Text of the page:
While in the speaker/electronics repair business; I saw quite a number of cheap(read, "junk") speaker systems, pass through my shoppe. Without exception: they all were crossed over with one cap on the mids(when applicable), and one cap on the tweets(6db/oct, 1st Order crossovers). Then to; they were(invariably) the least expensive aluminum and paper caps available. Ditto, for every console or portable stereo that I've ever seen or worked on. While the 6db/oct slope offers the least, in terms of phase shift in a x-over; that's not the system designer's goal, in the vast majority of cases(cheap, being the rule). The exceptions to this(of course) are the higher end designers, that utilize a cap costing(perhaps) fifty times the price of all the components in the other's entire system. KUDOS, to those. Leonardo de Vinci is supposed to have said, "Simplicity is the ultimate sophistication", and Albert Einstein stated "Things should be made as simple as possible, but not simpler." Were either into speaker design; they would probably use a 6db/oct slope, or a single driver system.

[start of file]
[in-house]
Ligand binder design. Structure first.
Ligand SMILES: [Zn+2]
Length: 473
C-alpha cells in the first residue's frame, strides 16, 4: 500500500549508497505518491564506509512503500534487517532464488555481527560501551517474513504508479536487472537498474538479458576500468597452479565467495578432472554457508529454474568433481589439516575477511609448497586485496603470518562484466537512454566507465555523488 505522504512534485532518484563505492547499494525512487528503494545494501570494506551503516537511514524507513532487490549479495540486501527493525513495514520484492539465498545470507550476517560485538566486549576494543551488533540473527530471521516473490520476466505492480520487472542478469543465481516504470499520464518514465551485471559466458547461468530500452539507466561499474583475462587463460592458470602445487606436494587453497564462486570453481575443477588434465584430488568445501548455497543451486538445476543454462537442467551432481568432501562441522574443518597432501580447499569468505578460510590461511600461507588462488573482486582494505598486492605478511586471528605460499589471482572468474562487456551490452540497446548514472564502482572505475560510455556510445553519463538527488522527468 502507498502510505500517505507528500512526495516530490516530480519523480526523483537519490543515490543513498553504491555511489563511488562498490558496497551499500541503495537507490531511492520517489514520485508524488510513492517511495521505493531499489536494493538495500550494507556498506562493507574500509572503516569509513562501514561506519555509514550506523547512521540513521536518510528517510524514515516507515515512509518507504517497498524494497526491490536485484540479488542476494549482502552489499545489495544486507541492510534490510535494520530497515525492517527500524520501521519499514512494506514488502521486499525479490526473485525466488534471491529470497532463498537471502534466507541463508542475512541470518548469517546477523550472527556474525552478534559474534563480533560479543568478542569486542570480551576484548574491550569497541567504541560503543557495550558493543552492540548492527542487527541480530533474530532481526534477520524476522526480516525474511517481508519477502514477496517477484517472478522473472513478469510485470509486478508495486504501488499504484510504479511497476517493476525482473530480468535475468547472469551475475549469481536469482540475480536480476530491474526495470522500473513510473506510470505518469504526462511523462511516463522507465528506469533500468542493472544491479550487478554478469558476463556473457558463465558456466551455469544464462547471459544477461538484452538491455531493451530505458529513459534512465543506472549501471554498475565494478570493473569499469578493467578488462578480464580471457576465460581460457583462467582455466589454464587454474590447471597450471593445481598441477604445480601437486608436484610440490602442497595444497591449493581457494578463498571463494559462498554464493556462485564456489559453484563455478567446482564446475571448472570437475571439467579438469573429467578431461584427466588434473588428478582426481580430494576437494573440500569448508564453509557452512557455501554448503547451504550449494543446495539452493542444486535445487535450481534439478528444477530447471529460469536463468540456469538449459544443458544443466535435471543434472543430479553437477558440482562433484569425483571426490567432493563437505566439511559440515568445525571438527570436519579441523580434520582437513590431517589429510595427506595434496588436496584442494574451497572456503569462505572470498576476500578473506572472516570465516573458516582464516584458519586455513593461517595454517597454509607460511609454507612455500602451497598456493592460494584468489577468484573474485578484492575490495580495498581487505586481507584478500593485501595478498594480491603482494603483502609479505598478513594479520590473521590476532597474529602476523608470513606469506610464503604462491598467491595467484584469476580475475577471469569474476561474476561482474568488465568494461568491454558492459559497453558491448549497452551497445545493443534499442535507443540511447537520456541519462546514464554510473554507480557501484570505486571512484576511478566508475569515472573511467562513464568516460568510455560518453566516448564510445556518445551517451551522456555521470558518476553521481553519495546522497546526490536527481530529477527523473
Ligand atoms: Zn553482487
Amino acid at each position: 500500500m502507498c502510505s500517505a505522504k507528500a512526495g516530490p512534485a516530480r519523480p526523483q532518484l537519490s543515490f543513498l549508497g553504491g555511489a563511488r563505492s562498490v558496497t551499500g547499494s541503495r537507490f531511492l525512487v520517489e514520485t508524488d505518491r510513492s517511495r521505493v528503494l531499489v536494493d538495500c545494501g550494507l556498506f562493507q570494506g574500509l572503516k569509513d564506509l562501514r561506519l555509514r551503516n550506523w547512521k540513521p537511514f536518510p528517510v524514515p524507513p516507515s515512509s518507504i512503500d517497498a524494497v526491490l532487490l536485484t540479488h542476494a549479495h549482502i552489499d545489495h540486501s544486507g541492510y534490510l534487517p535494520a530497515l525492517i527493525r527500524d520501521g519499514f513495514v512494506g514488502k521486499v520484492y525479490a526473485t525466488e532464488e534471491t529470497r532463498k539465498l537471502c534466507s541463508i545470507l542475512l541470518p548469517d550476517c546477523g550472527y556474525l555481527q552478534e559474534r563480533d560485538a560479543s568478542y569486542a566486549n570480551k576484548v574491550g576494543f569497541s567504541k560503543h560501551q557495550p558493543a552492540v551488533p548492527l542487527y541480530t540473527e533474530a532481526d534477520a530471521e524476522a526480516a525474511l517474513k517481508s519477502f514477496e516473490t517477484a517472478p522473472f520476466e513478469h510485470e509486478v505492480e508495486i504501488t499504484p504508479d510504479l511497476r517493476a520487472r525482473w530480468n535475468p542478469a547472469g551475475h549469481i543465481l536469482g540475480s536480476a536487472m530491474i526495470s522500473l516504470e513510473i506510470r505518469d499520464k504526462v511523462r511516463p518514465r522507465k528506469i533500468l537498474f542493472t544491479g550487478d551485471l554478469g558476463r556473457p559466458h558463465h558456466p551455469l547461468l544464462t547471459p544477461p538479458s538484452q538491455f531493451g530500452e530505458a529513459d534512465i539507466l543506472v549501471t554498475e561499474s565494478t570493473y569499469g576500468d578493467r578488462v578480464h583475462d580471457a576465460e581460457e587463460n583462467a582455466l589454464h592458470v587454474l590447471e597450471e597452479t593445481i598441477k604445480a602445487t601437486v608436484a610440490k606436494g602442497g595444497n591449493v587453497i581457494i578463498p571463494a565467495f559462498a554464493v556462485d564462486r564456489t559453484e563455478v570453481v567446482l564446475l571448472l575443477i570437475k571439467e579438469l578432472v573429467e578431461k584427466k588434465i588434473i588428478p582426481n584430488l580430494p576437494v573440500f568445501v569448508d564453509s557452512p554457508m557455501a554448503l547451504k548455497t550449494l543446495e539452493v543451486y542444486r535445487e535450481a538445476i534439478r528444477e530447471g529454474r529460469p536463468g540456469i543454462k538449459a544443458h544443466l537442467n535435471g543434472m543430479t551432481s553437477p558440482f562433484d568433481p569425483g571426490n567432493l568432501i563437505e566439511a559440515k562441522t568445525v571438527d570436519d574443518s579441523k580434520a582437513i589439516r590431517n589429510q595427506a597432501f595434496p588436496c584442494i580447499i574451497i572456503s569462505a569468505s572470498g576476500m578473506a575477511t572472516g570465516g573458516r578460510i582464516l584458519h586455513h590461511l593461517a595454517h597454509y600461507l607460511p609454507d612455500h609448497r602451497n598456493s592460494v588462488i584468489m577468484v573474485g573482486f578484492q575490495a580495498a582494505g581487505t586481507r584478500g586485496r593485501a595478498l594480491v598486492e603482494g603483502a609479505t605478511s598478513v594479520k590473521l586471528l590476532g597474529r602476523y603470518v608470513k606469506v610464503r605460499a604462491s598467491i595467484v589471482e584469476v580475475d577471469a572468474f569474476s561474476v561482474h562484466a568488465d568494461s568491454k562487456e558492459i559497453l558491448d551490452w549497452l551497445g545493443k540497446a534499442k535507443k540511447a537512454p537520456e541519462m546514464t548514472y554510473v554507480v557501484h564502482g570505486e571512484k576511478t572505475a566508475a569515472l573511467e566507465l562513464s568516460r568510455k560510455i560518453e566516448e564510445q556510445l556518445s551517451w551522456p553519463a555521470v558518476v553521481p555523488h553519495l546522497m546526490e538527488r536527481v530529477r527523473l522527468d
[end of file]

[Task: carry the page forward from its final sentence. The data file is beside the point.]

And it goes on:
Fried speakers were historically first order. Not only that, but they employed a series topology that, despite its simplicity, is over the head of most in this industry. Among their myriad advantages, one interesting trait about series crossover is they are not limited to 6 db/octave slopes in the way the products mentioned above are.
Mass-fi speakers use first order crossovers as well. Forget about any desire for purist sonics (I happen to believe are the best with first order crossover), all they really want to do is to protect the tweeter from burning up, doing so as cheaply as possible.
Haven't thought about them in a while, but this post reminded me I've been impressed by Gershman Acoustics at shows (I'm thinking of the Avant Garde in particular) and I think at least some of their models use first-order crossovers and might actually be time-aligned too. I haven't heard them in years and I could be wrong, but might be another option worth looking into.